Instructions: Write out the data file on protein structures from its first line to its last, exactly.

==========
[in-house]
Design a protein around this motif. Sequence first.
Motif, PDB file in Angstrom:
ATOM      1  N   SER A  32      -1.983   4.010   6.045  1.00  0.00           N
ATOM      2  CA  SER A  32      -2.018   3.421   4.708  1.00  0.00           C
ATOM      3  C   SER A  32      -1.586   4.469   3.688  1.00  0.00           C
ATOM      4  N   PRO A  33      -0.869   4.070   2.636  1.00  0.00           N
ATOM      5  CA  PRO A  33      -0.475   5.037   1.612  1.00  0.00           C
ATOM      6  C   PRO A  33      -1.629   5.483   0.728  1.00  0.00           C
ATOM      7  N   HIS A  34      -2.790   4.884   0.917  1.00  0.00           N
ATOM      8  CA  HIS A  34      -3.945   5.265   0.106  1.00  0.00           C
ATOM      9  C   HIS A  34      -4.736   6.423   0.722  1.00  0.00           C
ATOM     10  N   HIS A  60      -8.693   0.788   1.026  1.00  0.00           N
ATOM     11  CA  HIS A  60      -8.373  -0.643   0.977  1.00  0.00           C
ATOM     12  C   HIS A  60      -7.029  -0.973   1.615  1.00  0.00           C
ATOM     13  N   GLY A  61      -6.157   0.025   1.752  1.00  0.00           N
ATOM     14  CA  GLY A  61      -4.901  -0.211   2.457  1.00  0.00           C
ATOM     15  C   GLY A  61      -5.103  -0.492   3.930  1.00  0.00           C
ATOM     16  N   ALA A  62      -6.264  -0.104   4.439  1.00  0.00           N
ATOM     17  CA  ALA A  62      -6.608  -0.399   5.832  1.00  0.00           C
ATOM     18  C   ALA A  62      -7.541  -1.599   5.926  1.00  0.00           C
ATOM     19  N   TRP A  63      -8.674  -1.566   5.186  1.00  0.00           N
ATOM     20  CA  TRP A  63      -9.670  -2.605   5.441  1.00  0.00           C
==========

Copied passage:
[in-house]
Design a protein around this motif. Sequence first.
Motif, PDB file in Angstrom:
ATOM      1  N   SER A  32      -1.983   4.010   6.045  1.00  0.00           N
ATOM      2  CA  SER A  32      -2.018   3.421   4.708  1.00  0.00           C
ATOM      3  C   SER A  32      -1.586   4.469   3.688  1.00  0.00           C
ATOM      4  N   PRO A  33      -0.869   4.070   2.636  1.00  0.00           N
ATOM      5  CA  PRO A  33      -0.475   5.037   1.612  1.00  0.00           C
ATOM      6  C   PRO A  33      -1.629   5.483   0.728  1.00  0.00           C
ATOM      7  N   HIS A  34      -2.790   4.884   0.917  1.00  0.00           N
ATOM      8  CA  HIS A  34      -3.945   5.265   0.106  1.00  0.00           C
ATOM      9  C   HIS A  34      -4.736   6.423   0.722  1.00  0.00           C
ATOM     10  N   HIS A  60      -8.693   0.788   1.026  1.00  0.00           N
ATOM     11  CA  HIS A  60      -8.373  -0.643   0.977  1.00  0.00           C
ATOM     12  C   HIS A  60      -7.029  -0.973   1.615  1.00  0.00           C
ATOM     13  N   GLY A  61      -6.157   0.025   1.752  1.00  0.00           N
ATOM     14  CA  GLY A  61      -4.901  -0.211   2.457  1.00  0.00           C
ATOM     15  C   GLY A  61      -5.103  -0.492   3.930  1.00  0.00           C
ATOM     16  N   ALA A  62      -6.264  -0.104   4.439  1.00  0.00           N
ATOM     17  CA  ALA A  62      -6.608  -0.399   5.832  1.00  0.00           C
ATOM     18  C   ALA A  62      -7.541  -1.599   5.926  1.00  0.00           C
ATOM     19  N   TRP A  63      -8.674  -1.566   5.186  1.00  0.00           N
ATOM     20  CA  TRP A  63      -9.670  -2.605   5.441  1.00  0.00           C